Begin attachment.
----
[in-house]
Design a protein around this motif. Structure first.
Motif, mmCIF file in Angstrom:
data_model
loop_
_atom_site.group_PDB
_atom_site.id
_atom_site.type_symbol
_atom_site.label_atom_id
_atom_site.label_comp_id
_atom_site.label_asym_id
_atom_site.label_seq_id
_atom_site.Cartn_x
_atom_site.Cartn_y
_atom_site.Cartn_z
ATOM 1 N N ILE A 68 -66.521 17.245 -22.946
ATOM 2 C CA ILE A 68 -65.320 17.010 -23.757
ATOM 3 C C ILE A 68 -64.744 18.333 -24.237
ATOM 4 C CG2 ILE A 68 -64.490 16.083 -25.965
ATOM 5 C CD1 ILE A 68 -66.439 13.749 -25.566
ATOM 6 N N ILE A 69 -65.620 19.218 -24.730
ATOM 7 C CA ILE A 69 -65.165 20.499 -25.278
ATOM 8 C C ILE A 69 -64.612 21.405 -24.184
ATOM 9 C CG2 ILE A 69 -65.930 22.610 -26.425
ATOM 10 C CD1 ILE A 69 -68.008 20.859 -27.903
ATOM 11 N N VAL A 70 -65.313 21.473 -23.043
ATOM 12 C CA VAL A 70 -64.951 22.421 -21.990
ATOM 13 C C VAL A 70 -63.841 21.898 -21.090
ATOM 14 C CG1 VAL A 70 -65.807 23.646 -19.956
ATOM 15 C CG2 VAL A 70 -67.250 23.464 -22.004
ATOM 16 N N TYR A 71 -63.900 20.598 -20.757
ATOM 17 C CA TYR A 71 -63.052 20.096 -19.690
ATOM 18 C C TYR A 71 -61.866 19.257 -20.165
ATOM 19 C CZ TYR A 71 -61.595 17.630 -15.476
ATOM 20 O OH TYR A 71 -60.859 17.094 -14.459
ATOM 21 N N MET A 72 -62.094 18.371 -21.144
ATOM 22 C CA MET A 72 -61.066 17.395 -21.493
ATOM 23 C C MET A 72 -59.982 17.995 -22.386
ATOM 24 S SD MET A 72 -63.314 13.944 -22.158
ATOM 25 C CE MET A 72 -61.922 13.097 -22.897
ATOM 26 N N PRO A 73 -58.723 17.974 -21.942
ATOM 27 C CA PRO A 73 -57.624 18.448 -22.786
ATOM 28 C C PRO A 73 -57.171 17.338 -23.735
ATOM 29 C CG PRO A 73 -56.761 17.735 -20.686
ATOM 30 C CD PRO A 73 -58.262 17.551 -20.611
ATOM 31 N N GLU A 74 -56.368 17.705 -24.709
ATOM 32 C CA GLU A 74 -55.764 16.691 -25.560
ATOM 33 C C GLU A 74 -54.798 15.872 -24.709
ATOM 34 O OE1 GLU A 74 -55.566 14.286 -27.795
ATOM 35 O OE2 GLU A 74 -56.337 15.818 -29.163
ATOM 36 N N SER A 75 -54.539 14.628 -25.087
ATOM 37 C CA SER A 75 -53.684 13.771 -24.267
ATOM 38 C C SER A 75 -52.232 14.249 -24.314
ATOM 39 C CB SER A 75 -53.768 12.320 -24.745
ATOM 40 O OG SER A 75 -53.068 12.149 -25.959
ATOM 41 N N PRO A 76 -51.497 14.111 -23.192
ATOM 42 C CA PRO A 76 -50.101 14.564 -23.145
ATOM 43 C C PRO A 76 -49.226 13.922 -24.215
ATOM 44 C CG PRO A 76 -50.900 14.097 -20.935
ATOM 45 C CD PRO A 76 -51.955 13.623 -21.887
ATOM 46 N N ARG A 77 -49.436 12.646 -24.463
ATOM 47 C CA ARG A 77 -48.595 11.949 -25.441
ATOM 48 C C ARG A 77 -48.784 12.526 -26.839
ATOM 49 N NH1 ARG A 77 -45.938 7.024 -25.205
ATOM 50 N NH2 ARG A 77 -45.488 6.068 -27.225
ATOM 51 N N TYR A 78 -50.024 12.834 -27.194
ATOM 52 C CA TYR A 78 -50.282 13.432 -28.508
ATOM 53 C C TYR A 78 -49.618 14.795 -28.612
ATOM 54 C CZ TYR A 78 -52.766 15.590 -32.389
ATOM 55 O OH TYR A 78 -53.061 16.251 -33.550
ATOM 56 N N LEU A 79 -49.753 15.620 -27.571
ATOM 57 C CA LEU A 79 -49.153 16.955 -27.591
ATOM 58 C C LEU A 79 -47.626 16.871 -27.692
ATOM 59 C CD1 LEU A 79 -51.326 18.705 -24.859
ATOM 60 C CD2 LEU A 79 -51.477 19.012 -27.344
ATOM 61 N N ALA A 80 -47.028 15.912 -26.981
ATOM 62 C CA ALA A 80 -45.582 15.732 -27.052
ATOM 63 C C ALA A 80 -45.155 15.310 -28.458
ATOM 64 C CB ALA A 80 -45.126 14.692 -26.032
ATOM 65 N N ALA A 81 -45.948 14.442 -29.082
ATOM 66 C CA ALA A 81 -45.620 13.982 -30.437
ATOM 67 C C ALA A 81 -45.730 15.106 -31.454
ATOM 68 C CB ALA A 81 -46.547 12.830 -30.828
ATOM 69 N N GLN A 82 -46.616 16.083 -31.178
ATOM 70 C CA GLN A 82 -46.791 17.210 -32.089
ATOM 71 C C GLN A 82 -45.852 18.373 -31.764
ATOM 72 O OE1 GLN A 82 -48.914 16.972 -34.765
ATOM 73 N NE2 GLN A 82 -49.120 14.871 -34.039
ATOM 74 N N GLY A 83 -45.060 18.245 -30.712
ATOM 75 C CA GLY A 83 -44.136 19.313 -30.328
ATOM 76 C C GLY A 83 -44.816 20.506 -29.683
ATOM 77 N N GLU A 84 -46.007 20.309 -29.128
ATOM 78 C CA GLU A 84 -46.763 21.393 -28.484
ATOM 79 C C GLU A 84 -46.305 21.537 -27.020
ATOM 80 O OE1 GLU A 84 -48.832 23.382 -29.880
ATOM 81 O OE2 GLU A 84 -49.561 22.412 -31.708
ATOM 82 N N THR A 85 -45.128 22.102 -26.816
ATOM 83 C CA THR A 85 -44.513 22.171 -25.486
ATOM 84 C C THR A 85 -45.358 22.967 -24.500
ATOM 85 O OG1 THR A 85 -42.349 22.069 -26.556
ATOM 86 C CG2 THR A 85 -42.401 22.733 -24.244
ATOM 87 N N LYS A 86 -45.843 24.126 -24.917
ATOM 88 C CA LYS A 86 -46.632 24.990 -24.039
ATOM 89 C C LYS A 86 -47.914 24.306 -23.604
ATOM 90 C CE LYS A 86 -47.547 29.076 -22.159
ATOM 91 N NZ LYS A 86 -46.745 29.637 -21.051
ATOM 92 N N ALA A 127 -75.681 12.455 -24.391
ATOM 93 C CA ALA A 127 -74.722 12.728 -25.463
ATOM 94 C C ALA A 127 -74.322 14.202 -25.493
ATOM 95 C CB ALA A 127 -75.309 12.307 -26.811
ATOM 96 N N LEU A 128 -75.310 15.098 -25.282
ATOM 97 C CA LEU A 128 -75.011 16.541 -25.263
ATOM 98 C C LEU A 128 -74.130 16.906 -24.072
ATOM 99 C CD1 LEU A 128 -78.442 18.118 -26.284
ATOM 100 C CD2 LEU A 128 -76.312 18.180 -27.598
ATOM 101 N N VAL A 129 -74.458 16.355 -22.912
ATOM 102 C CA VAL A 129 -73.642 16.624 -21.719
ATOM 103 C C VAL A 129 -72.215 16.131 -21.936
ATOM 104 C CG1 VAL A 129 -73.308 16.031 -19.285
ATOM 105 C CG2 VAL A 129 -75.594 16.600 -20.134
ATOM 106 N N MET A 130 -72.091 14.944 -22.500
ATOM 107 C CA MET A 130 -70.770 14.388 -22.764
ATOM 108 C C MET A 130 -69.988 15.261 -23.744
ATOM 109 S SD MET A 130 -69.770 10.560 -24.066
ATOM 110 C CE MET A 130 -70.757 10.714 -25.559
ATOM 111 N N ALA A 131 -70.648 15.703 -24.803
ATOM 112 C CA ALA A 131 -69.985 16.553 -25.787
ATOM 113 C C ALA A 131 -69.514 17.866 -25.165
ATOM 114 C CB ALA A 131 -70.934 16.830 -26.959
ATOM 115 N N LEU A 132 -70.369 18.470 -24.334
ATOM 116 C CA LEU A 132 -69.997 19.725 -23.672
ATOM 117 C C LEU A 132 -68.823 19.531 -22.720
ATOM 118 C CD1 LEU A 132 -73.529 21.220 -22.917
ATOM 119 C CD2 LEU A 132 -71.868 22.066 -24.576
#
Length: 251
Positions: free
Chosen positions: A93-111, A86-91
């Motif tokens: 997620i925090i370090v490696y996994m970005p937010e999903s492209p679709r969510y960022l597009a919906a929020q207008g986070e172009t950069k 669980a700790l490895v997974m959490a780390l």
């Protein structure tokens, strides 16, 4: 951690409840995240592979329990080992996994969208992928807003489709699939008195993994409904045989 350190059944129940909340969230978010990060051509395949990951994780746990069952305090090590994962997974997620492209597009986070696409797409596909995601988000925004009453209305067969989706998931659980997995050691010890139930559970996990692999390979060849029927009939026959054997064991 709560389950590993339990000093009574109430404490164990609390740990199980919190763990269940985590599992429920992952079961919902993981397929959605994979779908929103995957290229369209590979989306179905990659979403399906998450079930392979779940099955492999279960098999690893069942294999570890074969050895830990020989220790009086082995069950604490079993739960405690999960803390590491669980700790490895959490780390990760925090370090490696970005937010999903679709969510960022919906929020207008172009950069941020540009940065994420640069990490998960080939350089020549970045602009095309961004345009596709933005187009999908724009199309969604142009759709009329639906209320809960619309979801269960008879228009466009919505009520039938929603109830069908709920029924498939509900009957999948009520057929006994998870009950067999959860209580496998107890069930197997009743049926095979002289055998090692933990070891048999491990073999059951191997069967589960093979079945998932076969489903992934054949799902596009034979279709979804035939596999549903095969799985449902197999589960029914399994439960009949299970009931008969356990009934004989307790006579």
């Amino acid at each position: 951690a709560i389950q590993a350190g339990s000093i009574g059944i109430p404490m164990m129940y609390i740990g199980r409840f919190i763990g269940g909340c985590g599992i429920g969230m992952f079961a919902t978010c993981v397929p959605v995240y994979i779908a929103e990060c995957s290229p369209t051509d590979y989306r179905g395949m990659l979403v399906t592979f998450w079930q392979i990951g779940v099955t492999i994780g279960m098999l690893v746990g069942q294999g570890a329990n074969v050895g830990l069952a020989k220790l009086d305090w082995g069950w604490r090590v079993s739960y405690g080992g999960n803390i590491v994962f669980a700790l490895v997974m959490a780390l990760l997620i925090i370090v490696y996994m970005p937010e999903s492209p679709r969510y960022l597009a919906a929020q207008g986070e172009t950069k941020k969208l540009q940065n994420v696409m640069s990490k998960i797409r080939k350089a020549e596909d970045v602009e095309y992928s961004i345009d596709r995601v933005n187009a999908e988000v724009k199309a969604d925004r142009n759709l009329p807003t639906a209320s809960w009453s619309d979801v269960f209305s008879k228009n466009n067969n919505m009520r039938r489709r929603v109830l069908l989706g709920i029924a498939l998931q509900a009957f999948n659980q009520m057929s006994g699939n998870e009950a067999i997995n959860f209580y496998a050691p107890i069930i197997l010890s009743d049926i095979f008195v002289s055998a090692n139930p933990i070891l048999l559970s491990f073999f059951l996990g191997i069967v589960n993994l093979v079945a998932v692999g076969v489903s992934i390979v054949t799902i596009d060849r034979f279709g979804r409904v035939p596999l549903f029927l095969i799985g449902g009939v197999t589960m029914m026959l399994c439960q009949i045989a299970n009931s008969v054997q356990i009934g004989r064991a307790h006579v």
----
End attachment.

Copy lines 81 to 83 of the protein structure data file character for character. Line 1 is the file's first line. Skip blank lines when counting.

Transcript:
ATOM 66 C CA ALA A 81 -45.620 13.982 -30.437
ATOM 67 C C ALA A 81 -45.730 15.106 -31.454
ATOM 68 C CB ALA A 81 -46.547 12.830 -30.828